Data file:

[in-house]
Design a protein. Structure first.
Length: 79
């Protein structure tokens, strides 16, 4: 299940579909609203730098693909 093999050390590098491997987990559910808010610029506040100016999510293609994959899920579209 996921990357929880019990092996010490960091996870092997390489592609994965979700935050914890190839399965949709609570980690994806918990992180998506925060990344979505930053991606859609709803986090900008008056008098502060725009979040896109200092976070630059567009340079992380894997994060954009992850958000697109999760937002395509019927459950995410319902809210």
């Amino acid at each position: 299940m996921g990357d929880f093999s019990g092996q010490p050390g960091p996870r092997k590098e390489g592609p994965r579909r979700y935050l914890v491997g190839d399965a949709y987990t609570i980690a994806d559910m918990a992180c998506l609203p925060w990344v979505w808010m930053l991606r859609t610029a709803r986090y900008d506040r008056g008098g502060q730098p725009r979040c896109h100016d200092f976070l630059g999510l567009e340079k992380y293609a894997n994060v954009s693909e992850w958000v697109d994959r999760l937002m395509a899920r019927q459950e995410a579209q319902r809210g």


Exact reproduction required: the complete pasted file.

[in-house]
Design a protein. Structure first.
Length: 79
């Protein structure tokens, strides 16, 4: 299940579909609203730098693909 093999050390590098491997987990559910808010610029506040100016999510293609994959899920579209 996921990357929880019990092996010490960091996870092997390489592609994965979700935050914890190839399965949709609570980690994806918990992180998506925060990344979505930053991606859609709803986090900008008056008098502060725009979040896109200092976070630059567009340079992380894997994060954009992850958000697109999760937002395509019927459950995410319902809210």
């Amino acid at each position: 299940m996921g990357d929880f093999s019990g092996q010490p050390g960091p996870r092997k590098e390489g592609p994965r579909r979700y935050l914890v491997g190839d399965a949709y987990t609570i980690a994806d559910m918990a992180c998506l609203p925060w990344v979505w808010m930053l991606r859609t610029a709803r986090y900008d506040r008056g008098g502060q730098p725009r979040c896109h100016d200092f976070l630059g999510l567009e340079k992380y293609a894997n994060v954009s693909e992850w958000v697109d994959r999760l937002m395509a899920r019927q459950e995410a579209q319902r809210g």